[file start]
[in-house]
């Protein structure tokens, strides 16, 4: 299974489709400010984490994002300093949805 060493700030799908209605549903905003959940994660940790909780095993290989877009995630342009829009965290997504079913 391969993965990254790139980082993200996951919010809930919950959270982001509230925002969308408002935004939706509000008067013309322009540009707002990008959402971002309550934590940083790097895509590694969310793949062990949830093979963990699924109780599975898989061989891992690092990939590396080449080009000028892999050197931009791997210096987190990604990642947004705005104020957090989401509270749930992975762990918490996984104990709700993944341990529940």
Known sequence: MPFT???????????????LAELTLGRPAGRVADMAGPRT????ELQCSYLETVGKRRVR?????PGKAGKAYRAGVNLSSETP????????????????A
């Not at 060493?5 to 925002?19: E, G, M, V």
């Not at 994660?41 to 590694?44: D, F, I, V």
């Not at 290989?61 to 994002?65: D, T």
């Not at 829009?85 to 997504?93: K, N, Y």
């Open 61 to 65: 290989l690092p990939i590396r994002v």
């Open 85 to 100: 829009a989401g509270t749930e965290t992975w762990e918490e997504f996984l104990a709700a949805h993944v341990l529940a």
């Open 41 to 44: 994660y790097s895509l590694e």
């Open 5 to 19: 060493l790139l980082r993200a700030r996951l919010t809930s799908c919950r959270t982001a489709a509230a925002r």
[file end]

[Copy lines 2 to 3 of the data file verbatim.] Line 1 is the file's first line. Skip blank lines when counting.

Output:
């Protein structure tokens, strides 16, 4: 299974489709400010984490994002300093949805 060493700030799908209605549903905003959940994660940790909780095993290989877009995630342009829009965290997504079913 391969993965990254790139980082993200996951919010809930919950959270982001509230925002969308408002935004939706509000008067013309322009540009707002990008959402971002309550934590940083790097895509590694969310793949062990949830093979963990699924109780599975898989061989891992690092990939590396080449080009000028892999050197931009791997210096987190990604990642947004705005104020957090989401509270749930992975762990918490996984104990709700993944341990529940």
Known sequence: MPFT???????????????LAELTLGRPAGRVADMAGPRT????ELQCSYLETVGKRRVR?????PGKAGKAYRAGVNLSSETP????????????????A